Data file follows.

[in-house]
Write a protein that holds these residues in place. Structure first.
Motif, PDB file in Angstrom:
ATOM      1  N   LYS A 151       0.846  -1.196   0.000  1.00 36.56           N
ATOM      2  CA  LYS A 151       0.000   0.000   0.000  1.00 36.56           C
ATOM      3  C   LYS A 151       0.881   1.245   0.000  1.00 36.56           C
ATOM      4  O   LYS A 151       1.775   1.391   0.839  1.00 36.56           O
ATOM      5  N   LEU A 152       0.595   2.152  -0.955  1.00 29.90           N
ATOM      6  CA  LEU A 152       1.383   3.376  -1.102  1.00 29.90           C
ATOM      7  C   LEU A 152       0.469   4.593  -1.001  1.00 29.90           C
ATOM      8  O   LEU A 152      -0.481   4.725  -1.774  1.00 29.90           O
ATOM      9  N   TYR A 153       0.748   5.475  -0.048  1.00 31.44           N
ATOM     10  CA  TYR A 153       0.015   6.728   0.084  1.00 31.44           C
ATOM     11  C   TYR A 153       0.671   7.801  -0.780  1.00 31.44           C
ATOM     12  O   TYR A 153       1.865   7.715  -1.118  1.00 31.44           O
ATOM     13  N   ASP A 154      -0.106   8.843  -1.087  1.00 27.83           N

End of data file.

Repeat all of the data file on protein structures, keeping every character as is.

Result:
[in-house]
Write a protein that holds these residues in place. Structure first.
Motif, PDB file in Angstrom:
ATOM      1  N   LYS A 151       0.846  -1.196   0.000  1.00 36.56           N
ATOM      2  CA  LYS A 151       0.000   0.000   0.000  1.00 36.56           C
ATOM      3  C   LYS A 151       0.881   1.245   0.000  1.00 36.56           C
ATOM      4  O   LYS A 151       1.775   1.391   0.839  1.00 36.56           O
ATOM      5  N   LEU A 152       0.595   2.152  -0.955  1.00 29.90           N
ATOM      6  CA  LEU A 152       1.383   3.376  -1.102  1.00 29.90           C
ATOM      7  C   LEU A 152       0.469   4.593  -1.001  1.00 29.90           C
ATOM      8  O   LEU A 152      -0.481   4.725  -1.774  1.00 29.90           O
ATOM      9  N   TYR A 153       0.748   5.475  -0.048  1.00 31.44           N
ATOM     10  CA  TYR A 153       0.015   6.728   0.084  1.00 31.44           C
ATOM     11  C   TYR A 153       0.671   7.801  -0.780  1.00 31.44           C
ATOM     12  O   TYR A 153       1.865   7.715  -1.118  1.00 31.44           O
ATOM     13  N   ASP A 154      -0.106   8.843  -1.087  1.00 27.83           N